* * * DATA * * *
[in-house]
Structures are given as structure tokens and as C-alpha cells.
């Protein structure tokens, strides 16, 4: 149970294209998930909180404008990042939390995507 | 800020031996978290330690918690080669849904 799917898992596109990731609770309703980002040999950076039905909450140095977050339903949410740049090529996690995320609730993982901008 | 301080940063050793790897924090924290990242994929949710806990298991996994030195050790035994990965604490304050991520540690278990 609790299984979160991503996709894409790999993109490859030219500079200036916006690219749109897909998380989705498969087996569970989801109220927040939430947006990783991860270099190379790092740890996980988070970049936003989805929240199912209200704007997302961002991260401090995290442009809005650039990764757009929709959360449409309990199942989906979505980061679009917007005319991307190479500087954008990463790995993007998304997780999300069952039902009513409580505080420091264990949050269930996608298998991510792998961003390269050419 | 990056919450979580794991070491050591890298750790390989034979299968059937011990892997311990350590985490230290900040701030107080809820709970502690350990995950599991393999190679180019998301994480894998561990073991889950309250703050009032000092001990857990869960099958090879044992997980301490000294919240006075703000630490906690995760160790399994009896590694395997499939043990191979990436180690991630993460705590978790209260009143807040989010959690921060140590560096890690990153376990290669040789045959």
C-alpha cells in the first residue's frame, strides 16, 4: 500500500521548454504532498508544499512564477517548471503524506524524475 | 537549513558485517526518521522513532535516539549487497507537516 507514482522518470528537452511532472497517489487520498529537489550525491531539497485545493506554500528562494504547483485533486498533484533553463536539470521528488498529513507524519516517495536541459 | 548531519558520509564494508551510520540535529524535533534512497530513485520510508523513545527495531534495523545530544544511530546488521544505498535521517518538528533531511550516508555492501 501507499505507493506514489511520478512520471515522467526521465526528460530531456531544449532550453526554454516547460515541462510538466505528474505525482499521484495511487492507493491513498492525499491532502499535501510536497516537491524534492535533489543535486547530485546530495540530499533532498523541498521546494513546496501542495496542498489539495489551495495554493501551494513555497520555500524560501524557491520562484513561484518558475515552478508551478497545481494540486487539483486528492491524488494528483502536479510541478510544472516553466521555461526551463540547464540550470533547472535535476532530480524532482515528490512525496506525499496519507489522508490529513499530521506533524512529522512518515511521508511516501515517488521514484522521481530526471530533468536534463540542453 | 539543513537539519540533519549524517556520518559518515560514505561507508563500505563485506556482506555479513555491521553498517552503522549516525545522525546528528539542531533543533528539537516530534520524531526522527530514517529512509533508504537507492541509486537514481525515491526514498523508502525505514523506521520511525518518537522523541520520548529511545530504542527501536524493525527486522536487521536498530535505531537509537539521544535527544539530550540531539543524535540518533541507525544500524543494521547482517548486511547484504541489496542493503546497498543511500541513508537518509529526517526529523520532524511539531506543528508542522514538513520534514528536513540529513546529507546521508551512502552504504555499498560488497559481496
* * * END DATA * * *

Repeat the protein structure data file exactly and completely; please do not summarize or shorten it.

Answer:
[in-house]
Structures are given as structure tokens and as C-alpha cells.
């Protein structure tokens, strides 16, 4: 149970294209998930909180404008990042939390995507 | 800020031996978290330690918690080669849904 799917898992596109990731609770309703980002040999950076039905909450140095977050339903949410740049090529996690995320609730993982901008 | 301080940063050793790897924090924290990242994929949710806990298991996994030195050790035994990965604490304050991520540690278990 609790299984979160991503996709894409790999993109490859030219500079200036916006690219749109897909998380989705498969087996569970989801109220927040939430947006990783991860270099190379790092740890996980988070970049936003989805929240199912209200704007997302961002991260401090995290442009809005650039990764757009929709959360449409309990199942989906979505980061679009917007005319991307190479500087954008990463790995993007998304997780999300069952039902009513409580505080420091264990949050269930996608298998991510792998961003390269050419 | 990056919450979580794991070491050591890298750790390989034979299968059937011990892997311990350590985490230290900040701030107080809820709970502690350990995950599991393999190679180019998301994480894998561990073991889950309250703050009032000092001990857990869960099958090879044992997980301490000294919240006075703000630490906690995760160790399994009896590694395997499939043990191979990436180690991630993460705590978790209260009143807040989010959690921060140590560096890690990153376990290669040789045959």
C-alpha cells in the first residue's frame, strides 16, 4: 500500500521548454504532498508544499512564477517548471503524506524524475 | 537549513558485517526518521522513532535516539549487497507537516 507514482522518470528537452511532472497517489487520498529537489550525491531539497485545493506554500528562494504547483485533486498533484533553463536539470521528488498529513507524519516517495536541459 | 548531519558520509564494508551510520540535529524535533534512497530513485520510508523513545527495531534495523545530544544511530546488521544505498535521517518538528533531511550516508555492501 501507499505507493506514489511520478512520471515522467526521465526528460530531456531544449532550453526554454516547460515541462510538466505528474505525482499521484495511487492507493491513498492525499491532502499535501510536497516537491524534492535533489543535486547530485546530495540530499533532498523541498521546494513546496501542495496542498489539495489551495495554493501551494513555497520555500524560501524557491520562484513561484518558475515552478508551478497545481494540486487539483486528492491524488494528483502536479510541478510544472516553466521555461526551463540547464540550470533547472535535476532530480524532482515528490512525496506525499496519507489522508490529513499530521506533524512529522512518515511521508511516501515517488521514484522521481530526471530533468536534463540542453 | 539543513537539519540533519549524517556520518559518515560514505561507508563500505563485506556482506555479513555491521553498517552503522549516525545522525546528528539542531533543533528539537516530534520524531526522527530514517529512509533508504537507492541509486537514481525515491526514498523508502525505514523506521520511525518518537522523541520520548529511545530504542527501536524493525527486522536487521536498530535505531537509537539521544535527544539530550540531539543524535540518533541507525544500524543494521547482517548486511547484504541489496542493503546497498543511500541513508537518509529526517526529523520532524511539531506543528508542522514538513520534514528536513540529513546529507546521508551512502552504504555499498560488497559481496